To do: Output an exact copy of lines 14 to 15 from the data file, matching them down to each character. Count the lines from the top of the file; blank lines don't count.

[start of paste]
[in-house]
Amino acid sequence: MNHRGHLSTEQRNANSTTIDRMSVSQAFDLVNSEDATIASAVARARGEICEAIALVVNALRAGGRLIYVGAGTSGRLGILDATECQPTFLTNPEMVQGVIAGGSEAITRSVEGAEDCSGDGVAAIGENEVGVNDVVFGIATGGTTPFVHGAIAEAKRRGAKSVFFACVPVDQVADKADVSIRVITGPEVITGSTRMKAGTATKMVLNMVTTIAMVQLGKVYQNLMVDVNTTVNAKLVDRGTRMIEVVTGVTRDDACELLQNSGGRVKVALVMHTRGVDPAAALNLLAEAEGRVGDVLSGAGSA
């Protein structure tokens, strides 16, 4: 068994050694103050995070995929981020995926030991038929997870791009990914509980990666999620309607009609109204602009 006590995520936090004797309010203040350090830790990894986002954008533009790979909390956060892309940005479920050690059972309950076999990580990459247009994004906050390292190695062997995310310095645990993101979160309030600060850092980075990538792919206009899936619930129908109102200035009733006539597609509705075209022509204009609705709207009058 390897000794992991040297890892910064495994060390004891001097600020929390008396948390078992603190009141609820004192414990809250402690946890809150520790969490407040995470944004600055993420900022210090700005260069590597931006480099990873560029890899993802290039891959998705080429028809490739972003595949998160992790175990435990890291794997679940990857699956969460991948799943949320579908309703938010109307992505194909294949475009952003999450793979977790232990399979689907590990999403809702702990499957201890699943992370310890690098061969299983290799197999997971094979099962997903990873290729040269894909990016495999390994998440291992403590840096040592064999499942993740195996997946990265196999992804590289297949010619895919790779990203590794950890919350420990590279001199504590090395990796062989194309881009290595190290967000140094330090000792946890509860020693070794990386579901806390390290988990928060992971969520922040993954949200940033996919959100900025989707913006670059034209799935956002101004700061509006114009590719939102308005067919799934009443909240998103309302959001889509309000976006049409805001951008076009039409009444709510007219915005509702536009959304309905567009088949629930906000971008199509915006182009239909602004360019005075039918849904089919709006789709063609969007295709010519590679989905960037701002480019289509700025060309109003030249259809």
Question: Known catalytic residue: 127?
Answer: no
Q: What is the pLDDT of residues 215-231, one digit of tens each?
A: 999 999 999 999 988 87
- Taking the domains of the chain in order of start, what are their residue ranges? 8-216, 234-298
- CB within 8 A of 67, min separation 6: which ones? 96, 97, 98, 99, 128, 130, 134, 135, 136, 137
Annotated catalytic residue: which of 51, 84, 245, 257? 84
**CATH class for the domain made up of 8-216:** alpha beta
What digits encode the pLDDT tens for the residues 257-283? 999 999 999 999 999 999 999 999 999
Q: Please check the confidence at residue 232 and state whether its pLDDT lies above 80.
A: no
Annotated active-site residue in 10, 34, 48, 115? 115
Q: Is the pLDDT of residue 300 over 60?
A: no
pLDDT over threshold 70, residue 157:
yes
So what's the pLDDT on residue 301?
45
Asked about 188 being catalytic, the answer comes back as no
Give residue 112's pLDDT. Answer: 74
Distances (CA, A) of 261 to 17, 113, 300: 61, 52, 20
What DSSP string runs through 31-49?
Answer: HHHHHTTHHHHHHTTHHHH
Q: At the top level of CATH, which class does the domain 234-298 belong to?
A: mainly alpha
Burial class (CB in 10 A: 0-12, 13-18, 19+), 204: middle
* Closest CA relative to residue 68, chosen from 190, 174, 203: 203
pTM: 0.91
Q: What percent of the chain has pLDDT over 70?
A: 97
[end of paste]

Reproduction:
A: no
Annotated active-site residue in 10, 34, 48, 115? 115